Humza Yousaf standing infront of Bute House, smiling and wearing a blue suit.

Humanist Society notes resignation of Humza Yousaf and calls for protection of secular policies

April 29, 2024

Humanist Society Scotland notes the resignation of Humza Yousaf MSP as first minister. Mr. Yousaf has steered our country through a turbulent period while displaying ethical clarity on some key issues. In particular, the society acknowledges his strong support for safe-access zones around abortion services and ending conversion practices, and for a peaceful solution to the conflict in Gaza.

Humanist Society would like to express its willingness to work positively with any new first minister to achieve the progressive policies that Scotland’s voters want to see. The last decade has seen our country embrace a humane, secular legislative platform on issues such as LGBT+ inclusive education, children’s rights, and more. But there is much still to be done.

Humanist Society hopes that legislation on buffer zones and assisted dying laws will be enacted over the remaining course of this parliament. It is also time to end cruel and bigoted conversion practices that harm our LGBT+ citizens. Such changes would reflect the will of the country at large, which has repeatedly signalled its support for women’s rights, LGBT+ inclusion, and compassionate end-of-life choice. Scotland’s next first minister must respect our country’s overwhelmingly secular profile and bring about the changes it wants, putting aside personal faith wherever necessary.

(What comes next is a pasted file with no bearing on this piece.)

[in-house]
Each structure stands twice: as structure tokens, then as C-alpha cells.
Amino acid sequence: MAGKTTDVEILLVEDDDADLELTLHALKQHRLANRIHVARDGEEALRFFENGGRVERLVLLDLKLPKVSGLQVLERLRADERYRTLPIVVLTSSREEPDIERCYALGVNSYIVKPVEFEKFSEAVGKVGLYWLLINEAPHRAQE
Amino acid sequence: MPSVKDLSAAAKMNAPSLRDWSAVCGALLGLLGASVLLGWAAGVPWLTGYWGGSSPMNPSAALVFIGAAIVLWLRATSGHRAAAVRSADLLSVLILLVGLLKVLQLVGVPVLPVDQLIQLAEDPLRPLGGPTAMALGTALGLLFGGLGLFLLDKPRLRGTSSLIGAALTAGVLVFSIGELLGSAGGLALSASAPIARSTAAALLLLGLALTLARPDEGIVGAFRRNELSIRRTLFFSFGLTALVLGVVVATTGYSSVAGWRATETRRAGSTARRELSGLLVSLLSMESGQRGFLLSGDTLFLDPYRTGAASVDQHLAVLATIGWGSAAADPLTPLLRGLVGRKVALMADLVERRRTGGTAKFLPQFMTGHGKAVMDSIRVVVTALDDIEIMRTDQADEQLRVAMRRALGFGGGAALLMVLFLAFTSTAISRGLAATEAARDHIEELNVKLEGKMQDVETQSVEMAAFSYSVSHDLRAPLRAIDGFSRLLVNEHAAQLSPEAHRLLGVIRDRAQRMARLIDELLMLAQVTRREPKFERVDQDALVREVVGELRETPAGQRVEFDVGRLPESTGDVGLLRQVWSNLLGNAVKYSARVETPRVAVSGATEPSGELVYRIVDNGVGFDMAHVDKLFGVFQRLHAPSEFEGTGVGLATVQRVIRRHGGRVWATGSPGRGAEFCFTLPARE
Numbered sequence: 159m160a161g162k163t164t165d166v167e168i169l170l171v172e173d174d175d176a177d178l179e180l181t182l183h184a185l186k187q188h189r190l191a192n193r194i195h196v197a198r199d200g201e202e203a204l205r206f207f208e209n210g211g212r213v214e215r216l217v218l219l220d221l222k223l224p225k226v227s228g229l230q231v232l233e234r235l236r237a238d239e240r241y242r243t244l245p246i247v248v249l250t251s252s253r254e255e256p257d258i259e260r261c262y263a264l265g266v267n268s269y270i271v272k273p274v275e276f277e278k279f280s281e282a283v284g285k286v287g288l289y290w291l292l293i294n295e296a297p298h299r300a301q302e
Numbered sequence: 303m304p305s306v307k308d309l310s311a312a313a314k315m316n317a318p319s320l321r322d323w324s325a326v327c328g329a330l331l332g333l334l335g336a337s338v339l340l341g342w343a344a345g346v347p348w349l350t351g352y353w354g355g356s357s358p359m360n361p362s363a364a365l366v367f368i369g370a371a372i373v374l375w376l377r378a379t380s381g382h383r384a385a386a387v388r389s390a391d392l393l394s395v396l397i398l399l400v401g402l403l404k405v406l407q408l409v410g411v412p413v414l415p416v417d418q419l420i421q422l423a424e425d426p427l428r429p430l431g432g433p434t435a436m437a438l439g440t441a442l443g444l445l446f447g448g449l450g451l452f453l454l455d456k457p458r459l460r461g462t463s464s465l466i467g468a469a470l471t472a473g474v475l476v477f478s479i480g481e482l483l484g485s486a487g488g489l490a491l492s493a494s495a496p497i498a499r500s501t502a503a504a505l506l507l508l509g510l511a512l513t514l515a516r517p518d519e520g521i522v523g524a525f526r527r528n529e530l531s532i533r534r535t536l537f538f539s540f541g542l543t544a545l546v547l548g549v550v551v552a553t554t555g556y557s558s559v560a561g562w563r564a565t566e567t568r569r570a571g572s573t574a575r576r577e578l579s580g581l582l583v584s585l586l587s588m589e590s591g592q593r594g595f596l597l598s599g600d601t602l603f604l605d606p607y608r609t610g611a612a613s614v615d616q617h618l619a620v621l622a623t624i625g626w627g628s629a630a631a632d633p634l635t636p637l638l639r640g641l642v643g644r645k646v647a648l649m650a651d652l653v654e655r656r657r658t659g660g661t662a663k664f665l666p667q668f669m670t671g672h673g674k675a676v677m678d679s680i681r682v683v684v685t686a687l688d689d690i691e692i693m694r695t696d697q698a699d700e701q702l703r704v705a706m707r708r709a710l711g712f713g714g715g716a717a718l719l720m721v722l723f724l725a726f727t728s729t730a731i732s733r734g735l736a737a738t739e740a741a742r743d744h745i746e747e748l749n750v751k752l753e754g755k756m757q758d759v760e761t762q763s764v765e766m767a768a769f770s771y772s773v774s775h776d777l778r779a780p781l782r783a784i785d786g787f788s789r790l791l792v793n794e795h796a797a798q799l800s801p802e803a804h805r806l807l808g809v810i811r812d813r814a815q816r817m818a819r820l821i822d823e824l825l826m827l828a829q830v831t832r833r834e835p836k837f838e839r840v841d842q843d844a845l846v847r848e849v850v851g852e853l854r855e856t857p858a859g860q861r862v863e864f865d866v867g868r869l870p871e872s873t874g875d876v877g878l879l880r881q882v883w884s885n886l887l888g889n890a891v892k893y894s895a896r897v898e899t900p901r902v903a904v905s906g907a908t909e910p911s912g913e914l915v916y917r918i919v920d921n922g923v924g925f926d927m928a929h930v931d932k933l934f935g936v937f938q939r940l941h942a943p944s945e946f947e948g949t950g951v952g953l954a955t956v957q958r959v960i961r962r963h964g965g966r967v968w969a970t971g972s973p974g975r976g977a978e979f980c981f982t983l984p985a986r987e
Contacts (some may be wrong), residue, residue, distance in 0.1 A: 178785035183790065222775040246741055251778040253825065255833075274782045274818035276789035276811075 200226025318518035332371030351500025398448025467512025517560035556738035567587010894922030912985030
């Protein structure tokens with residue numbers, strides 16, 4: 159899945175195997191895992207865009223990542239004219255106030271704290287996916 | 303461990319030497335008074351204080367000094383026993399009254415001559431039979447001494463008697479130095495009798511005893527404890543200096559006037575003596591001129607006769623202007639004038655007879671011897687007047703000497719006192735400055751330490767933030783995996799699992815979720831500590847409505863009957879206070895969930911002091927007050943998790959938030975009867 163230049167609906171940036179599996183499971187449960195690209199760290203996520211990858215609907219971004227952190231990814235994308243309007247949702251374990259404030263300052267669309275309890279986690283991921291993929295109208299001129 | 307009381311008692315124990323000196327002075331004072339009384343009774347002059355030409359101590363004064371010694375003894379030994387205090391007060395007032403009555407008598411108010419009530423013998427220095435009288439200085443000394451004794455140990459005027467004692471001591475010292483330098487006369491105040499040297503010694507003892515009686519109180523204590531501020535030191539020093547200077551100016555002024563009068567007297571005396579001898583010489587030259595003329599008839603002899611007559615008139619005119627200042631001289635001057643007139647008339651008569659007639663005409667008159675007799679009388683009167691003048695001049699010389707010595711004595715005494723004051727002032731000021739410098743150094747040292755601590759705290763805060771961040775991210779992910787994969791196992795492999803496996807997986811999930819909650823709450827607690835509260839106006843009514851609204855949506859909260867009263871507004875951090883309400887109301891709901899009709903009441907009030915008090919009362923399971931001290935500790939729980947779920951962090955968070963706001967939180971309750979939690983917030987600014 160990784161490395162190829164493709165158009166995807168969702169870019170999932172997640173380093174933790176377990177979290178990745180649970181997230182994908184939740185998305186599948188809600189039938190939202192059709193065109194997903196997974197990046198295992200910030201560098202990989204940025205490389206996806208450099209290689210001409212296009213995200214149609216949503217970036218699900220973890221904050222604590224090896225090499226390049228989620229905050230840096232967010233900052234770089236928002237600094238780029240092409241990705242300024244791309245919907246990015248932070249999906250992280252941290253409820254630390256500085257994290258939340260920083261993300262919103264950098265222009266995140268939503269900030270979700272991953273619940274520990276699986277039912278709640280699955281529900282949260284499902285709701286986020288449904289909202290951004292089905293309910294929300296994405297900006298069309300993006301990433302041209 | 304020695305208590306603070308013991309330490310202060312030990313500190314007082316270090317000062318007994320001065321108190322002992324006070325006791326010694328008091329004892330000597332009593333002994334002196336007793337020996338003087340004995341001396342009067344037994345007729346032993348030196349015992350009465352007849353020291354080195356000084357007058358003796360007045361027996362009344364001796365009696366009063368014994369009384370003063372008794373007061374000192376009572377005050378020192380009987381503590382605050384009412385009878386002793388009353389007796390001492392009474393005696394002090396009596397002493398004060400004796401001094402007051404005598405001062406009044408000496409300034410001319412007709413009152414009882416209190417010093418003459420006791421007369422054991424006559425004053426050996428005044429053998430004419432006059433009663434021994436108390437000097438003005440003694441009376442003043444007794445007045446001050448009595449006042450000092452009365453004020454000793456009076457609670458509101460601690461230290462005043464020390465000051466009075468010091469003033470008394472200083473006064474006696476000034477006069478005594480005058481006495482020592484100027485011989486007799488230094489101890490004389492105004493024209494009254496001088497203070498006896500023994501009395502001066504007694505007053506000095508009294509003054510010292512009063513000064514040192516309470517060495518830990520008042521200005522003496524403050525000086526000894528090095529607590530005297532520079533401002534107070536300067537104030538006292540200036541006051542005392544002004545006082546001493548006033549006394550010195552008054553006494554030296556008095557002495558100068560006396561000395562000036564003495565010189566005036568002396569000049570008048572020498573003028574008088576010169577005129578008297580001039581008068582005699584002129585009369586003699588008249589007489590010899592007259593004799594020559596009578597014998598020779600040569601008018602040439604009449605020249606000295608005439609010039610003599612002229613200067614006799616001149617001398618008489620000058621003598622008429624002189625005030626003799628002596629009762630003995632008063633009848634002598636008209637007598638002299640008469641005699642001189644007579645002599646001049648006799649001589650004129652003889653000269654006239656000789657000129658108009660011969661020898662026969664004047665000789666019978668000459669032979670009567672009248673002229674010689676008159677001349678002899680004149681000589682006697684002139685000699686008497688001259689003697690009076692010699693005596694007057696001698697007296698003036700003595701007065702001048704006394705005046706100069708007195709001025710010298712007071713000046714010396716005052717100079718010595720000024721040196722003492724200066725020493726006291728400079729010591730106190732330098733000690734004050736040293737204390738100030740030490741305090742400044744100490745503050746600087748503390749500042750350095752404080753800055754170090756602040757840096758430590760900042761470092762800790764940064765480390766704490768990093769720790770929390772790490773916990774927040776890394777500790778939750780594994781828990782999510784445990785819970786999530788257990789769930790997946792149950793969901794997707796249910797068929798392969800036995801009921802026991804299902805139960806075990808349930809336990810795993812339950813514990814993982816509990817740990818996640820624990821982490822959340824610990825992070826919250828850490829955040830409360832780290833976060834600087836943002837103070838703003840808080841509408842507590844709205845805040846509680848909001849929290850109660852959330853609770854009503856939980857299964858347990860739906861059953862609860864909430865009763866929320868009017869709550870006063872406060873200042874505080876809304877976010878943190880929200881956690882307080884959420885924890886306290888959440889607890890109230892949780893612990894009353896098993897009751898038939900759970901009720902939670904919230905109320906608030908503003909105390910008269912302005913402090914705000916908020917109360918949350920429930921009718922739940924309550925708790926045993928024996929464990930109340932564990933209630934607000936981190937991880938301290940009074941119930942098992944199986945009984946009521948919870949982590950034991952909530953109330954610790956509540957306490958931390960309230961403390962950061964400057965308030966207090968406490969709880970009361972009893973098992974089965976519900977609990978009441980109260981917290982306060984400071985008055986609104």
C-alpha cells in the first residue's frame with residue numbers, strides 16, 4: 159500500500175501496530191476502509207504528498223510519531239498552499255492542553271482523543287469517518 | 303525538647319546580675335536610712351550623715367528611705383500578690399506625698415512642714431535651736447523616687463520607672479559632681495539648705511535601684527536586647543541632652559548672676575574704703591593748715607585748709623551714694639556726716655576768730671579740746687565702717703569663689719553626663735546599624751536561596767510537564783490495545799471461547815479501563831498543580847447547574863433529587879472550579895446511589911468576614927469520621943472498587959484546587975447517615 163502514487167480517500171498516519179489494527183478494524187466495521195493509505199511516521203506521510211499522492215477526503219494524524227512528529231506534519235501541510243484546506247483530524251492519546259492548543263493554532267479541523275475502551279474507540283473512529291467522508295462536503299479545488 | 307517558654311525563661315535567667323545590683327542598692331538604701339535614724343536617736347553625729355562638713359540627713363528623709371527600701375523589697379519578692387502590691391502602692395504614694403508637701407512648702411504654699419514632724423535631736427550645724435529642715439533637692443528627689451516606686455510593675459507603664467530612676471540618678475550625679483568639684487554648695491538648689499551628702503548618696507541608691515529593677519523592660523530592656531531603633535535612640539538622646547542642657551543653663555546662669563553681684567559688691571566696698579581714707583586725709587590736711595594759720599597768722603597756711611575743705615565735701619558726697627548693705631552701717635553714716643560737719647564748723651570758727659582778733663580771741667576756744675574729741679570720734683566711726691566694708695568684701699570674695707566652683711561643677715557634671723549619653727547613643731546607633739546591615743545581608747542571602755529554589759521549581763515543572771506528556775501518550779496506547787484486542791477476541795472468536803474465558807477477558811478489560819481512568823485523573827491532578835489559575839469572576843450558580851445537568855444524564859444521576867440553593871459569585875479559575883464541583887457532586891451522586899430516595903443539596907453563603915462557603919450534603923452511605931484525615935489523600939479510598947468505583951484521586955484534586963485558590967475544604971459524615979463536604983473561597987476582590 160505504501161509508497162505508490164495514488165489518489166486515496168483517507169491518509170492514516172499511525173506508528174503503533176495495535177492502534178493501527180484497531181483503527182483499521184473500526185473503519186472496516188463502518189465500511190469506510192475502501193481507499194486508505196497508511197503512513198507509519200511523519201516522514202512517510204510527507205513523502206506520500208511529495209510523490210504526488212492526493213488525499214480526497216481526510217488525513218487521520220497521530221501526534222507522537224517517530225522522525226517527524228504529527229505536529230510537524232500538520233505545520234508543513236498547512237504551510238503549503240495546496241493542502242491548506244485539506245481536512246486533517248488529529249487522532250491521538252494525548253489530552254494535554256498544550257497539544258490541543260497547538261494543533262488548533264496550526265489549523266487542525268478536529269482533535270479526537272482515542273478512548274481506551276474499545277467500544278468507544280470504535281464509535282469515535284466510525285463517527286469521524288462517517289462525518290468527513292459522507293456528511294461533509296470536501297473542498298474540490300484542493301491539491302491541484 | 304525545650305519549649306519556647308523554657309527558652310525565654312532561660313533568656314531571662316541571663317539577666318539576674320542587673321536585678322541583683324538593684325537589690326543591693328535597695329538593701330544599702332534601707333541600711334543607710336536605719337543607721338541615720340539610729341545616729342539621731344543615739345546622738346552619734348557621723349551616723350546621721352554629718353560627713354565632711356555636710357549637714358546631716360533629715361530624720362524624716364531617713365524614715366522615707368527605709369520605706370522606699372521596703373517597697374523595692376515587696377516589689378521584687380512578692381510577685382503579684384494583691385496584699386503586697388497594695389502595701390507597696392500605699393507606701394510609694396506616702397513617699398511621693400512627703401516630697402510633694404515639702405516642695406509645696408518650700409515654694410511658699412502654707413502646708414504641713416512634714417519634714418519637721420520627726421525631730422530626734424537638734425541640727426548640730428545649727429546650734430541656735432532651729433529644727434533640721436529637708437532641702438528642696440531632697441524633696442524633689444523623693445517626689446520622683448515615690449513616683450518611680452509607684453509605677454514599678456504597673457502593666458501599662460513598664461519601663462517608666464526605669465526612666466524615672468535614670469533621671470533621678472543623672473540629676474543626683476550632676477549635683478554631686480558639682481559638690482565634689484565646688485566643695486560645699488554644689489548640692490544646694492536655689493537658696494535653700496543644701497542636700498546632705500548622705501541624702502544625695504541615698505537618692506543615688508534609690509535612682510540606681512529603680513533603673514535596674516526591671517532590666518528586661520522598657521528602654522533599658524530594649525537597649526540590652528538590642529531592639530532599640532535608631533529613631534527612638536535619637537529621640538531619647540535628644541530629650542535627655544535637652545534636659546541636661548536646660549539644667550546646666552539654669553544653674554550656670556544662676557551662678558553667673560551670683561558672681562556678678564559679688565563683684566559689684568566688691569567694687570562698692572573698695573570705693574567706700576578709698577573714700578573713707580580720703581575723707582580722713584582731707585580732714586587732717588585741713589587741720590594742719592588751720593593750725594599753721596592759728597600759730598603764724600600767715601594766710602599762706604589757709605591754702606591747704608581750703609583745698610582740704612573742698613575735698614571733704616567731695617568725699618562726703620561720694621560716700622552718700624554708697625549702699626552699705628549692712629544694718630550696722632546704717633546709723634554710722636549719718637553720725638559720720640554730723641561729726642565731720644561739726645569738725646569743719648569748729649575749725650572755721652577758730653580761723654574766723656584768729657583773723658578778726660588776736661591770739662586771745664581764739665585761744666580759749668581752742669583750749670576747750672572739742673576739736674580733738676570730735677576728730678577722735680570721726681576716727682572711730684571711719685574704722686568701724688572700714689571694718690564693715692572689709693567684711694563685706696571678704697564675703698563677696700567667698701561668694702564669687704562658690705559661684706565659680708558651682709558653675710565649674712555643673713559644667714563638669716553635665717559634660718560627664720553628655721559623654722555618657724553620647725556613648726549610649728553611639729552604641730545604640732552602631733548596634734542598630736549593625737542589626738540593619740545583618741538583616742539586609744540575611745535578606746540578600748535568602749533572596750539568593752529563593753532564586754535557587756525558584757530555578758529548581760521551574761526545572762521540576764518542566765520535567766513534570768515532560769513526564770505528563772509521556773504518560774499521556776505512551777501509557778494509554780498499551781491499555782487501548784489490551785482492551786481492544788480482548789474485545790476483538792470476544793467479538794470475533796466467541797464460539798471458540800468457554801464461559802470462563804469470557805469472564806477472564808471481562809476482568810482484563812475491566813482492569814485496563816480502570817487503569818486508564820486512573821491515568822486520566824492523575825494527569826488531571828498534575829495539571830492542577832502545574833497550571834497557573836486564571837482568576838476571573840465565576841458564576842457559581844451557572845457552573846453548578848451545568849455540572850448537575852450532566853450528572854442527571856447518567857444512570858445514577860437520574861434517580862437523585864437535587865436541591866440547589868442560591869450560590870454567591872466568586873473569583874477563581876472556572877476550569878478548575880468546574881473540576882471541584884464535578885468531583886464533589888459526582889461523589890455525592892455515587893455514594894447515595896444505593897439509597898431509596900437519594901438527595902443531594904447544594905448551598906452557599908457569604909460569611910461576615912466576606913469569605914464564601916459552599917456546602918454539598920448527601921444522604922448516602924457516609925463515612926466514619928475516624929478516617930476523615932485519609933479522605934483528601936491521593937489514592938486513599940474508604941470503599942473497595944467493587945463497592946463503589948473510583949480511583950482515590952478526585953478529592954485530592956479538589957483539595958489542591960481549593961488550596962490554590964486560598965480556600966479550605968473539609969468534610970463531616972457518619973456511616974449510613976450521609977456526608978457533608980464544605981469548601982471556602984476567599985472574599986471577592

Fraser Sutherland, CEO of Humanist Society Scotland, said:

Scotland’s next first minister must govern our country on behalf of all its citizens. In 2024, Scotland is a majority non-religious country. But it also supports a growing diversity of faiths. Our new leader, whoever they are, has to command the confidence and respect of each and every one of our country’s belief communities. The way to do this is by embracing a secular approach to governance. They must give no privileged place to one religion, nor must they allow personal belief to trump evidence-led policy-making.

Our parliament is currently considering two bills which will impact significantly on bodily autonomy, on assisted dying and the right to access abortion free from harassment. No matter the views or thoughts of our new first minister on these issues, they have a duty to uphold the decision reached by our democratically elected parliament.

Fraser Sutherland

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